Department of Homeland Security Secretary John Kelly made headlines for his comments on Sunday’s Meet the Press, when he pronounced that marijuana is “not a factor” in the War on Drugs and that solving the nation’s drug problem does not involve “arresting a lot of users.”
Hmm… since when?
If memory serves, the U.S. government has been at war with weed since the 1930s.
Just two days ago, a local public radio station ran an interesting story on the topic:
“The origins of the seemingly eternal War on Drugs can be traced back to one man: Harry Anslinger, the first commissioner of the Federal Bureau of Narcotics. Beginning in 1930s, when America’s attitudes on opioids, cocaine and marijuana were less vitriolic, Anslinger argued for total drug prohibition and severe punishment for offenders.”
And that “severe punishment” for pot offenders is still going strong.
“Most of these people [pot prisoners] have been locked up for decades,” according to the Cann-Do Foundation, whose mission is to help the hundreds of thousands of non-violent pot prisoners rotting in U.S. jail cells.
In discussing how to stop the flow of drugs and immigrants into the United States from Central America and Mexico, Meet the Press host Chuck Todd asked Kelly whether legalizing marijuana would help or hurt his work.
“Yeah, marijuana is not a factor in the drug war,” Kelly responded, then later added: “It’s three things. Methamphetamine. Almost all produced in Mexico. Heroin. Virtually all produced in Mexico. And cocaine that comes up from further south.”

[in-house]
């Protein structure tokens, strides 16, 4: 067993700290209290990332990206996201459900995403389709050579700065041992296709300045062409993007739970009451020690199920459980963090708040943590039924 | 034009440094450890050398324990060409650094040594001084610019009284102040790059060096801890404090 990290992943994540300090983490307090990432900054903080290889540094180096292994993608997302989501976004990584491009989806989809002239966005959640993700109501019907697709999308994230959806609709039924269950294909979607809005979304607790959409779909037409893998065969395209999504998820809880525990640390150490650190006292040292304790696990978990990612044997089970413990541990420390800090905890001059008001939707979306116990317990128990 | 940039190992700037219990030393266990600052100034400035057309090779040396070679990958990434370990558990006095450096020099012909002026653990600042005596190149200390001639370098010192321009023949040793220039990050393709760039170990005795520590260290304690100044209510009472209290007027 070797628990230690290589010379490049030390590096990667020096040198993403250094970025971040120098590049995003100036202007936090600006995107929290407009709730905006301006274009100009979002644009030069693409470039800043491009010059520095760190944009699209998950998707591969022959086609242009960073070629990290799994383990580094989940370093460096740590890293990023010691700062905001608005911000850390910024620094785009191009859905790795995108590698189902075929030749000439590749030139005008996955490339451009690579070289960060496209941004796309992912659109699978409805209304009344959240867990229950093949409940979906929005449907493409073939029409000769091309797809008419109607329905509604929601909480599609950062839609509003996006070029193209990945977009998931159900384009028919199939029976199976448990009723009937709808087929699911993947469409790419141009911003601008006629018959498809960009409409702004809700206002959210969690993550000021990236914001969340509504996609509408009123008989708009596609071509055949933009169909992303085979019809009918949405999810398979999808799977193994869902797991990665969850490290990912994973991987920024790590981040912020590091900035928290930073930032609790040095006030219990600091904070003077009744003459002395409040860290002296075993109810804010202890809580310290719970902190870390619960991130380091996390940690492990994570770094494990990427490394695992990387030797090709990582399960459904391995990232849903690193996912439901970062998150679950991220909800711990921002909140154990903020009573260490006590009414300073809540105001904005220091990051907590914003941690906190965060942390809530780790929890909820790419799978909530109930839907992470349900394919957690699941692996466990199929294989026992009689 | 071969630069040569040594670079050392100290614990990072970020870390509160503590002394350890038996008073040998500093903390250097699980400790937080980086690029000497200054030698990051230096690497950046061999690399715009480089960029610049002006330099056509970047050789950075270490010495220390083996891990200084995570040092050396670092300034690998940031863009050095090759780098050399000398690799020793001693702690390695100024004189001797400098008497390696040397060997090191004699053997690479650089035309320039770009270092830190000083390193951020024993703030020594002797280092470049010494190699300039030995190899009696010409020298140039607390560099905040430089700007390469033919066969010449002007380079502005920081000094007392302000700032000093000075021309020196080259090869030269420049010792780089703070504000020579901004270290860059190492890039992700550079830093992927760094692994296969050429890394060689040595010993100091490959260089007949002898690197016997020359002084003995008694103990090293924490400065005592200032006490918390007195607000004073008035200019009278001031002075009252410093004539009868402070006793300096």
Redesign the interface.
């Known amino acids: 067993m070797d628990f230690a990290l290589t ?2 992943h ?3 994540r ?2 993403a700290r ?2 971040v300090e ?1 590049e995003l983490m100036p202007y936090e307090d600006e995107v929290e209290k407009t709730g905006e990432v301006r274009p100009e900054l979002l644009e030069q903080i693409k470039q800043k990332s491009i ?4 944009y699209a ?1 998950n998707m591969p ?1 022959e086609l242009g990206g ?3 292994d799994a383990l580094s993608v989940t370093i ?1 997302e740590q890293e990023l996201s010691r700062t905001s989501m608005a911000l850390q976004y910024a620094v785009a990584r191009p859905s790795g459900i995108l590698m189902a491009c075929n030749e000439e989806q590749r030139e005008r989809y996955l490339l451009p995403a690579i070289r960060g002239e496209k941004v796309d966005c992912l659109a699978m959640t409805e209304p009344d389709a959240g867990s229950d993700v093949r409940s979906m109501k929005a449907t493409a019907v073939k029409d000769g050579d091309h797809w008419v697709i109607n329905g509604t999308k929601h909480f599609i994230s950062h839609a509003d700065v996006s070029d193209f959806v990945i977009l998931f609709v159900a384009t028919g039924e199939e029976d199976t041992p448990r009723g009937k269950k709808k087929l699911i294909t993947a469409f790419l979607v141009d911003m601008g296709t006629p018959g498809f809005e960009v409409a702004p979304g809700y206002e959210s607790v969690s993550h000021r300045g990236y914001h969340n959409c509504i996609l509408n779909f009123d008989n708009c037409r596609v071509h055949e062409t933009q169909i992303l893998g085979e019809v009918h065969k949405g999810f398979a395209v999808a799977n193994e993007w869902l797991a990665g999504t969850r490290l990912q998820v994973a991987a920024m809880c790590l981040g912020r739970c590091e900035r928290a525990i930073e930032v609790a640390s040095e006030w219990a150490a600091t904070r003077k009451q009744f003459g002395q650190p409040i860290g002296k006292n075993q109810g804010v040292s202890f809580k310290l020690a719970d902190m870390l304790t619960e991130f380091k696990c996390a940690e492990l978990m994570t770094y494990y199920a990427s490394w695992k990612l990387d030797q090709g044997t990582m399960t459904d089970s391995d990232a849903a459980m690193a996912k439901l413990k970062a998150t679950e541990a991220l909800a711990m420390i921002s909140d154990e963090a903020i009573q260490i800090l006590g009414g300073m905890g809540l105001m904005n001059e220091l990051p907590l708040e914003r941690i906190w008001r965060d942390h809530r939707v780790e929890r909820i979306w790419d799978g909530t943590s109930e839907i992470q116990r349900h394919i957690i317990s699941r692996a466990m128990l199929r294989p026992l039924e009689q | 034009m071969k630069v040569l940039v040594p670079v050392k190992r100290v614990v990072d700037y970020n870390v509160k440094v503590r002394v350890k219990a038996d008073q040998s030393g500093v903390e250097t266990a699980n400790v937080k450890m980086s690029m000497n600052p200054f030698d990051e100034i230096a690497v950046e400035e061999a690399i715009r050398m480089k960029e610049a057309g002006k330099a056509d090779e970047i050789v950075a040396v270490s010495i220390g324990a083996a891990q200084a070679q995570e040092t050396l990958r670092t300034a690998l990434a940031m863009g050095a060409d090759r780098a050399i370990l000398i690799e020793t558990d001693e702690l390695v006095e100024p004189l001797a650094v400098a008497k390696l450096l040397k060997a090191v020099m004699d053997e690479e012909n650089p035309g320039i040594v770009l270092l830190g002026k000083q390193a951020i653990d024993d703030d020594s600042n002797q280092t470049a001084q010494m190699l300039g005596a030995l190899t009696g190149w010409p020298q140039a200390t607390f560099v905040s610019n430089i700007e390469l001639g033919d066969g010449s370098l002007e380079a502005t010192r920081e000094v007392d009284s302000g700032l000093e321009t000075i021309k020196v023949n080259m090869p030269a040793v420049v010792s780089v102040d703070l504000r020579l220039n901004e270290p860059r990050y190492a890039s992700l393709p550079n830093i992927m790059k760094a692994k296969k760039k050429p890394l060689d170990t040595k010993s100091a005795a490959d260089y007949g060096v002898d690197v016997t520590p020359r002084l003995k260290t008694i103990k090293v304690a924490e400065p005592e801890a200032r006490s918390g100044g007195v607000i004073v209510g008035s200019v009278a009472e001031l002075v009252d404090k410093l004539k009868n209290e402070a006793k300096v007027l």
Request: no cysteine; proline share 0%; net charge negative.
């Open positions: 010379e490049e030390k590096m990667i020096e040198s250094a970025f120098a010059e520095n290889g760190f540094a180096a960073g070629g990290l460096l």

Kelly also stated that in 2015, those three drugs—plus opiates—were responsible for the deaths of 52,000 people in the United States and cost the country $250 billion.
Where he came up with that figure and why he did not acknowledge the extremely high number of arrests and prison sentences for marijuana possession—justified under the War on Drugs—is beyond anyone who has access to the Internet and/or half a brain.
The number of arrests for marijuana in 2015, according to the Drug Policy Alliance, was 643,121.
Of that number, 574,641 of those charged were arrested for possession only—fully 89 percent!
Hence, to say that marijuana is not a factor in the drug war is wildly false and blatantly misleading.
If marijuana was not a major element in the War on Drugs, why are thousands of people behind bars, some for life, on non-violent weed charges?
So, in keeping with the rest of Trump’s cabinet and other leadership picks, the Department of Homeland Security Secretary doesn’t seem to have a clue about marijuana or the War on Drugs.
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